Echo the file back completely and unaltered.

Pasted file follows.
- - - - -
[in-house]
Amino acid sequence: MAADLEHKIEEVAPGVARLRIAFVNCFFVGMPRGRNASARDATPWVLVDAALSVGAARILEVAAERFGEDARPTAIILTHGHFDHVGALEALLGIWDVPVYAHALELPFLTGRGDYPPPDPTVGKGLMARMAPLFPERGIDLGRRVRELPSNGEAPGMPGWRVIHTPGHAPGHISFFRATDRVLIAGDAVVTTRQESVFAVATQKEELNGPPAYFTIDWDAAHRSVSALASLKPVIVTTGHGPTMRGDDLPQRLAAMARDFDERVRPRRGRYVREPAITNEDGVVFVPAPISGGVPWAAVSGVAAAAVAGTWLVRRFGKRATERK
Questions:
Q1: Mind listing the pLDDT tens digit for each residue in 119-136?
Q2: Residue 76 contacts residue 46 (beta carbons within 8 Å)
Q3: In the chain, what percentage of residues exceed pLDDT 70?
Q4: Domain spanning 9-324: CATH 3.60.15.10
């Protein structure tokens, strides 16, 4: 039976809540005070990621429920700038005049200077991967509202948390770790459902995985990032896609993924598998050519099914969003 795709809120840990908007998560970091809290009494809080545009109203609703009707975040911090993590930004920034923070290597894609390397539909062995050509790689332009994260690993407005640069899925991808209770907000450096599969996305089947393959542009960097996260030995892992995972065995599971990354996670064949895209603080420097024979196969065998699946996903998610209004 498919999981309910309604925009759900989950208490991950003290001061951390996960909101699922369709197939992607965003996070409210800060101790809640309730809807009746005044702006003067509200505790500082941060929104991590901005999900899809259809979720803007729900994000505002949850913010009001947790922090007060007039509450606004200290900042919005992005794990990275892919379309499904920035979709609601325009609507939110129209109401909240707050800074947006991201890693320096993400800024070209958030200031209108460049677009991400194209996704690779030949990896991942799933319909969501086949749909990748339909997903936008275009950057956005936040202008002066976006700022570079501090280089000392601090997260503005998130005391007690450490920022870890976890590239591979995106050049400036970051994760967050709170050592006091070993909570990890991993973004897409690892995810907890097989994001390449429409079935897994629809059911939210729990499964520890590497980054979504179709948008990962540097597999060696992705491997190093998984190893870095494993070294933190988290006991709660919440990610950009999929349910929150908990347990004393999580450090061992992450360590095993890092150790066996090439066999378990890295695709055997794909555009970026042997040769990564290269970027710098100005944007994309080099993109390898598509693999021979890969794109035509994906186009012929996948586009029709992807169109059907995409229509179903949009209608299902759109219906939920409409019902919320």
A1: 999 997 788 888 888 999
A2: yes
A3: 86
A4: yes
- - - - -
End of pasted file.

[in-house]
Amino acid sequence: MAADLEHKIEEVAPGVARLRIAFVNCFFVGMPRGRNASARDATPWVLVDAALSVGAARILEVAAERFGEDARPTAIILTHGHFDHVGALEALLGIWDVPVYAHALELPFLTGRGDYPPPDPTVGKGLMARMAPLFPERGIDLGRRVRELPSNGEAPGMPGWRVIHTPGHAPGHISFFRATDRVLIAGDAVVTTRQESVFAVATQKEELNGPPAYFTIDWDAAHRSVSALASLKPVIVTTGHGPTMRGDDLPQRLAAMARDFDERVRPRRGRYVREPAITNEDGVVFVPAPISGGVPWAAVSGVAAAAVAGTWLVRRFGKRATERK
Questions:
Q1: Mind listing the pLDDT tens digit for each residue in 119-136?
Q2: Residue 76 contacts residue 46 (beta carbons within 8 Å)
Q3: In the chain, what percentage of residues exceed pLDDT 70?
Q4: Domain spanning 9-324: CATH 3.60.15.10
């Protein structure tokens, strides 16, 4: 039976809540005070990621429920700038005049200077991967509202948390770790459902995985990032896609993924598998050519099914969003 795709809120840990908007998560970091809290009494809080545009109203609703009707975040911090993590930004920034923070290597894609390397539909062995050509790689332009994260690993407005640069899925991808209770907000450096599969996305089947393959542009960097996260030995892992995972065995599971990354996670064949895209603080420097024979196969065998699946996903998610209004 498919999981309910309604925009759900989950208490991950003290001061951390996960909101699922369709197939992607965003996070409210800060101790809640309730809807009746005044702006003067509200505790500082941060929104991590901005999900899809259809979720803007729900994000505002949850913010009001947790922090007060007039509450606004200290900042919005992005794990990275892919379309499904920035979709609601325009609507939110129209109401909240707050800074947006991201890693320096993400800024070209958030200031209108460049677009991400194209996704690779030949990896991942799933319909969501086949749909990748339909997903936008275009950057956005936040202008002066976006700022570079501090280089000392601090997260503005998130005391007690450490920022870890976890590239591979995106050049400036970051994760967050709170050592006091070993909570990890991993973004897409690892995810907890097989994001390449429409079935897994629809059911939210729990499964520890590497980054979504179709948008990962540097597999060696992705491997190093998984190893870095494993070294933190988290006991709660919440990610950009999929349910929150908990347990004393999580450090061992992450360590095993890092150790066996090439066999378990890295695709055997794909555009970026042997040769990564290269970027710098100005944007994309080099993109390898598509693999021979890969794109035509994906186009012929996948586009029709992807169109059907995409229509179903949009209608299902759109219906939920409409019902919320």
A1: 999 997 788 888 888 999
A2: yes
A3: 86
A4: yes